NEW YORK, Oct 17 (Reuters) – Andrew Lahde, the hedge fund founder who shot to fame with his small fund that soared 870 percent last year on bets against U.S. subprime home loans, has called it quits, thanking “stupid” traders for making him rich.
In a biting, but humorous letter to investors posted on the website of Portfolio magazine on Friday, Lahde told investors last month he will no longer manage money because his bank counterparties had become too risky.
Lahde ripped his profession in the letter. He noted another hedge-fund manager who recently closed shop and was quoted in The Wall Street Journal as saying: “What I have learned about the hedge fund business is that I hate it.” To which Lahde responded, “I could not agree more with that statement.
“The low-hanging fruit, i.e. idiots whose parents paid for prep school, Yale and then the Harvard MBA, was there for the taking,” said Lahde, who according to the website birthdates.com is 37.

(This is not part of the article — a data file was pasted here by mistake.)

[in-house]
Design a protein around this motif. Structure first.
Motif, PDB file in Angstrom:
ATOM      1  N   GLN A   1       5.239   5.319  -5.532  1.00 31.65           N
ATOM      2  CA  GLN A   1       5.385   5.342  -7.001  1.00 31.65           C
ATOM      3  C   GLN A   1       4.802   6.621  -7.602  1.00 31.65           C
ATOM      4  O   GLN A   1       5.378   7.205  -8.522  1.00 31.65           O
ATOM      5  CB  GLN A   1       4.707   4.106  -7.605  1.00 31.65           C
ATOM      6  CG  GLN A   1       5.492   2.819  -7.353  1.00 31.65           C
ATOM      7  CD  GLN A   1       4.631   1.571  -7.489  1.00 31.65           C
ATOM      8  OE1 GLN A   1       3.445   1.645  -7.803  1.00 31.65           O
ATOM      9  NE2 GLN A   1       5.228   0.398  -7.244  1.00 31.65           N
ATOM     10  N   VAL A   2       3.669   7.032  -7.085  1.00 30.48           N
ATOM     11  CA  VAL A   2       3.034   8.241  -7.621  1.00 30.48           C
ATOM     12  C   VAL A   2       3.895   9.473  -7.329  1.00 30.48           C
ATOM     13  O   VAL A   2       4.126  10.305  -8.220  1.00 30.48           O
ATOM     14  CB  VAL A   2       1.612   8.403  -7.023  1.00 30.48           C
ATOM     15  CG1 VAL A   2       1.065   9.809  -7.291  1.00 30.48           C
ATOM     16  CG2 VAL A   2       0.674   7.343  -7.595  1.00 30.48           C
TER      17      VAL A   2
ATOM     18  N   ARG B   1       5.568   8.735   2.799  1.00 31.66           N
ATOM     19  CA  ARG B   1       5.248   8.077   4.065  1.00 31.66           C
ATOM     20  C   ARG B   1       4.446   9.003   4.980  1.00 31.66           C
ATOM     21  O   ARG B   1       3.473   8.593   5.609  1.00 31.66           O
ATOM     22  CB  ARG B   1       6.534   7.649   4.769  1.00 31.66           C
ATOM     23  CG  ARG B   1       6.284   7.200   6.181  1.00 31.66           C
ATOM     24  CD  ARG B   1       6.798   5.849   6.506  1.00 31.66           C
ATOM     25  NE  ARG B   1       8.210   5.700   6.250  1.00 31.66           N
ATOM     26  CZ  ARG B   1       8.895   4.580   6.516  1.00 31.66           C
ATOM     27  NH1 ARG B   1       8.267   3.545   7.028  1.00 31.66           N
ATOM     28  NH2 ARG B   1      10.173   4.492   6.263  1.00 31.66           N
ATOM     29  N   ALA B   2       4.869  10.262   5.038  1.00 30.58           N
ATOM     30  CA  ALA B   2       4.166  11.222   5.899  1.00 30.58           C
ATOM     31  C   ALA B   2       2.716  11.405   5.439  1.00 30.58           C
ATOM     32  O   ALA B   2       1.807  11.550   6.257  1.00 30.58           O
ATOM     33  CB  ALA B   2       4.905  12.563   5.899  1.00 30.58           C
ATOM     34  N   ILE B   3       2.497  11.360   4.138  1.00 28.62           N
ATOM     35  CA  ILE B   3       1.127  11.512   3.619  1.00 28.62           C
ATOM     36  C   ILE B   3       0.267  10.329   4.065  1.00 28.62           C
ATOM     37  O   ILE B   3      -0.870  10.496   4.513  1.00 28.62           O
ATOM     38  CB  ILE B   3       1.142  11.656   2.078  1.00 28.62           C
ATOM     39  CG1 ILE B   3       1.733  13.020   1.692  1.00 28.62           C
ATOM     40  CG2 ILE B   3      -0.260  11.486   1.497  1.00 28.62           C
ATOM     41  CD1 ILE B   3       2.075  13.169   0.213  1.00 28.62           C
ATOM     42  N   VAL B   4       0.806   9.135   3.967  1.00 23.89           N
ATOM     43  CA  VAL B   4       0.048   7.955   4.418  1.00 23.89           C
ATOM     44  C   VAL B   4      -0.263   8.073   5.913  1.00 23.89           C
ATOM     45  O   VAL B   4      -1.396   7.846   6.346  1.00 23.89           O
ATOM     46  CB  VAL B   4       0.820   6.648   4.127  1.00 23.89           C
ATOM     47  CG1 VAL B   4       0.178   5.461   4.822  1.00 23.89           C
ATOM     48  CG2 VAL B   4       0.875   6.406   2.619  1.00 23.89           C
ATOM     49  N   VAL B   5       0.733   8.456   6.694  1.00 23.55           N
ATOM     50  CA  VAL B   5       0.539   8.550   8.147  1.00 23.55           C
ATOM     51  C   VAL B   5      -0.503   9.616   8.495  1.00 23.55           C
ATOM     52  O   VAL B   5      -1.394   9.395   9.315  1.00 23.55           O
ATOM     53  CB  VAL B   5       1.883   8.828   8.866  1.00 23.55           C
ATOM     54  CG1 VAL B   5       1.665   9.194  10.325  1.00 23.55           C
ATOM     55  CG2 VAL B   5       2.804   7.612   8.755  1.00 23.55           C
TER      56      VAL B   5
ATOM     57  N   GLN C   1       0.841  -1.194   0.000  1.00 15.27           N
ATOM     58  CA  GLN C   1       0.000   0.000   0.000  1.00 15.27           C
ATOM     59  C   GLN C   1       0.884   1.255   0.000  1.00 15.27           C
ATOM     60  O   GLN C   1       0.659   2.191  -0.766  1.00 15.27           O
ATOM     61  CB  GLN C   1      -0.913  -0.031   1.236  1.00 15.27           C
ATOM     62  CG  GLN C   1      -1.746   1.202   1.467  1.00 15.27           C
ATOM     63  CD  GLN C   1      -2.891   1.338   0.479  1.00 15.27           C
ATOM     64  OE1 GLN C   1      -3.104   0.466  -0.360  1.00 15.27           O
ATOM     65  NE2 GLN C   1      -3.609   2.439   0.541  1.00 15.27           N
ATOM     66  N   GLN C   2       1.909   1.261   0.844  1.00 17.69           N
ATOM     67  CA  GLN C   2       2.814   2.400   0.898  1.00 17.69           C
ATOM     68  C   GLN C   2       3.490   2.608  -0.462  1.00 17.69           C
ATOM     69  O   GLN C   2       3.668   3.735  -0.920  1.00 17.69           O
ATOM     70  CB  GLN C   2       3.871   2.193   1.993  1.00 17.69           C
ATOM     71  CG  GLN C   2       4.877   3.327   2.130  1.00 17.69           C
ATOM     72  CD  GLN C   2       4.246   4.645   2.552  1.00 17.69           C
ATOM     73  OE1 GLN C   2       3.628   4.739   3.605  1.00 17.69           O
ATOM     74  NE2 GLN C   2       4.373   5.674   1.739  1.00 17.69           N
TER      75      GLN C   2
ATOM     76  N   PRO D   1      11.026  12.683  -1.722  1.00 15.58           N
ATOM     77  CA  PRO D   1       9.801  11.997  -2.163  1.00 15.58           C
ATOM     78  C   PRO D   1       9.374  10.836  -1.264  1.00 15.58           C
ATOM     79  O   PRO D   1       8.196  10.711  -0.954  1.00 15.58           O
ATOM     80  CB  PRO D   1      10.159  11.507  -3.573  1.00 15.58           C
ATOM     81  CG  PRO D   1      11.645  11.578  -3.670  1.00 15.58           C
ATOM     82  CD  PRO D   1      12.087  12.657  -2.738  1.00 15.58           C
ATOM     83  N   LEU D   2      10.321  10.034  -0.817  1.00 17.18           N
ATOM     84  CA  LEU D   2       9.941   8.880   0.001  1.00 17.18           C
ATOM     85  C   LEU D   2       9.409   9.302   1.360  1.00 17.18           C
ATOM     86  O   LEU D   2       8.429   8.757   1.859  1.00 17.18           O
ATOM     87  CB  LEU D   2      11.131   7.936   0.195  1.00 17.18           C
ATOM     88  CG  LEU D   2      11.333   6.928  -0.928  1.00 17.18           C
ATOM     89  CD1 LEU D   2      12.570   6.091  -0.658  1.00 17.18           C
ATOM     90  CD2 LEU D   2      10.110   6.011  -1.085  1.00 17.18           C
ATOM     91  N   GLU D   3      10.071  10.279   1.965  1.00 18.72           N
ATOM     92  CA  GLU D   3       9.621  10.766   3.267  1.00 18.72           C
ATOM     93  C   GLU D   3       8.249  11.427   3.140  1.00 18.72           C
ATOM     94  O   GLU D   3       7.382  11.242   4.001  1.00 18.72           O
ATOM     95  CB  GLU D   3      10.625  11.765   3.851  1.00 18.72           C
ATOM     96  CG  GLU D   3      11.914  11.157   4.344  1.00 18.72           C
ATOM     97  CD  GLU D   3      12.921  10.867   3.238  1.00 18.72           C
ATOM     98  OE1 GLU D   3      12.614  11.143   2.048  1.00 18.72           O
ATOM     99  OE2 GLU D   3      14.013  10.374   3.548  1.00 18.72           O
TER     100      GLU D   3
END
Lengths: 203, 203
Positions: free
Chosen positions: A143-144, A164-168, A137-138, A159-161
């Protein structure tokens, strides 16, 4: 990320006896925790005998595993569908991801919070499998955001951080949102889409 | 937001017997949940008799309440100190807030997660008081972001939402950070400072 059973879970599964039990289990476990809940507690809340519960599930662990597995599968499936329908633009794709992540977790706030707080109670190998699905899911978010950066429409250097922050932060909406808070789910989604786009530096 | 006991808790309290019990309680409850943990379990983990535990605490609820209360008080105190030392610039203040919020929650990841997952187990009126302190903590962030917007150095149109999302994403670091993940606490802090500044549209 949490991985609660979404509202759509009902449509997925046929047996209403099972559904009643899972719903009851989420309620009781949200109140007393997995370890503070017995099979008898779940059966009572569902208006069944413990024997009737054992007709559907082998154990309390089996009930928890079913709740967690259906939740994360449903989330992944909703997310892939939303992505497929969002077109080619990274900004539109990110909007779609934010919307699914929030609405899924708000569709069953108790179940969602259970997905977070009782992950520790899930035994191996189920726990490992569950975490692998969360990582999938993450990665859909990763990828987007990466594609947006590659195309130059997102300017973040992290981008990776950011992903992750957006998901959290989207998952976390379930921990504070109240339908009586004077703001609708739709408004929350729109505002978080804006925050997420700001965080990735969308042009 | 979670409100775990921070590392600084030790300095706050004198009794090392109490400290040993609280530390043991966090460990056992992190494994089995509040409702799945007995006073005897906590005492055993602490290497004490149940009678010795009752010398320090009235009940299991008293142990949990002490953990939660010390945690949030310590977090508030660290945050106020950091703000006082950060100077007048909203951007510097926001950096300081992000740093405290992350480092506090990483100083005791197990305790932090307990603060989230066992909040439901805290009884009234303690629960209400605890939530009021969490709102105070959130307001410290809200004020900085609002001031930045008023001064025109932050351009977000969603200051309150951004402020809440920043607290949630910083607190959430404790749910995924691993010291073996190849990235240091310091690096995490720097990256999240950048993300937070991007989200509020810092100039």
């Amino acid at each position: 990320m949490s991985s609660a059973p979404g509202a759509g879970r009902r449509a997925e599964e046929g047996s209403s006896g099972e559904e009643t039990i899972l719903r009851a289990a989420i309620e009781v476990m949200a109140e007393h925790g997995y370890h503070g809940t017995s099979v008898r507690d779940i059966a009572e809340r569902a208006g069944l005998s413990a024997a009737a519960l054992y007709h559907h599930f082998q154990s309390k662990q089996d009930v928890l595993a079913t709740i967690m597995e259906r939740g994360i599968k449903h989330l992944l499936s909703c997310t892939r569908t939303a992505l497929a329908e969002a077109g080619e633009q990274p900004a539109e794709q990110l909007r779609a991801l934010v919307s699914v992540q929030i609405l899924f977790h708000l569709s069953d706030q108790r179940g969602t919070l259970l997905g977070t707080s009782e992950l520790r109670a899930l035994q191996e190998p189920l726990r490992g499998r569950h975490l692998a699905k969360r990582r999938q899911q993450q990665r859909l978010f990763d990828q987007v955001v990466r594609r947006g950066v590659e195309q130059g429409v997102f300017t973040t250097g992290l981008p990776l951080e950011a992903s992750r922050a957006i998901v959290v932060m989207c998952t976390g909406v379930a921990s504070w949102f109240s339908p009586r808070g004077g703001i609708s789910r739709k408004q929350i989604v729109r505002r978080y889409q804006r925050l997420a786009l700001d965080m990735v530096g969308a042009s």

“These people who were (often) truly not worthy of the education they received (or supposedly received) rose to the top of companies such as AIG, Bear Stearns and Lehman Brothers and all levels of our government. All of this behavior supporting the Aristocracy, only ended up making it easier for me to find people stupid enough to take the other side of my trades. God bless America.”